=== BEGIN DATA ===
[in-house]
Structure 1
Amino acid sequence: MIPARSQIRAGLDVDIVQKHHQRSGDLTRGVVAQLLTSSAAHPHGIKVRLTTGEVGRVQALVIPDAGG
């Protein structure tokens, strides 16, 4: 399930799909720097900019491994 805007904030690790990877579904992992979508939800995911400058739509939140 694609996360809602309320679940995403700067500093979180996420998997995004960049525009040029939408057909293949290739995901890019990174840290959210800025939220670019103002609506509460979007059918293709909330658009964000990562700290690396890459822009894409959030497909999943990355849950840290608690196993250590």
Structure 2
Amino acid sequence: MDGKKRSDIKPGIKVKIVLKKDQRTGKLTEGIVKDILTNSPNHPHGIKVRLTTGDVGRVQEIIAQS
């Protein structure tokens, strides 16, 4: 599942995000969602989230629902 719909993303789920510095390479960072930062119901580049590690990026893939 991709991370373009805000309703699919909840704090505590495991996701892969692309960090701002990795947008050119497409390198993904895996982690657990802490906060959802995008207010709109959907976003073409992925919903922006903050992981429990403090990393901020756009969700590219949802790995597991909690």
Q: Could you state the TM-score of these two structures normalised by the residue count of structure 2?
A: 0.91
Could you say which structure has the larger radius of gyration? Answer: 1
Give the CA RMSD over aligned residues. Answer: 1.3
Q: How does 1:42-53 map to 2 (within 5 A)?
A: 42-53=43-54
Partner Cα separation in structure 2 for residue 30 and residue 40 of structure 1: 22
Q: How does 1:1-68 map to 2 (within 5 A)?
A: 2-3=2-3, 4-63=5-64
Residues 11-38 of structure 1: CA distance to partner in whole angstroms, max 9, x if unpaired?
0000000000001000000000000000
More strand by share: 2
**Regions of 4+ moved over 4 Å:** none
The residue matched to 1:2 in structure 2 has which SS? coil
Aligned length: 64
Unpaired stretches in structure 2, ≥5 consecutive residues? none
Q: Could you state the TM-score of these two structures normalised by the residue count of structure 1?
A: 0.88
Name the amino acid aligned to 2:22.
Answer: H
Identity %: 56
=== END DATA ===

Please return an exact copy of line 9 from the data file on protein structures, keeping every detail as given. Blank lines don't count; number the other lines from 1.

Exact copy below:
A: 0.91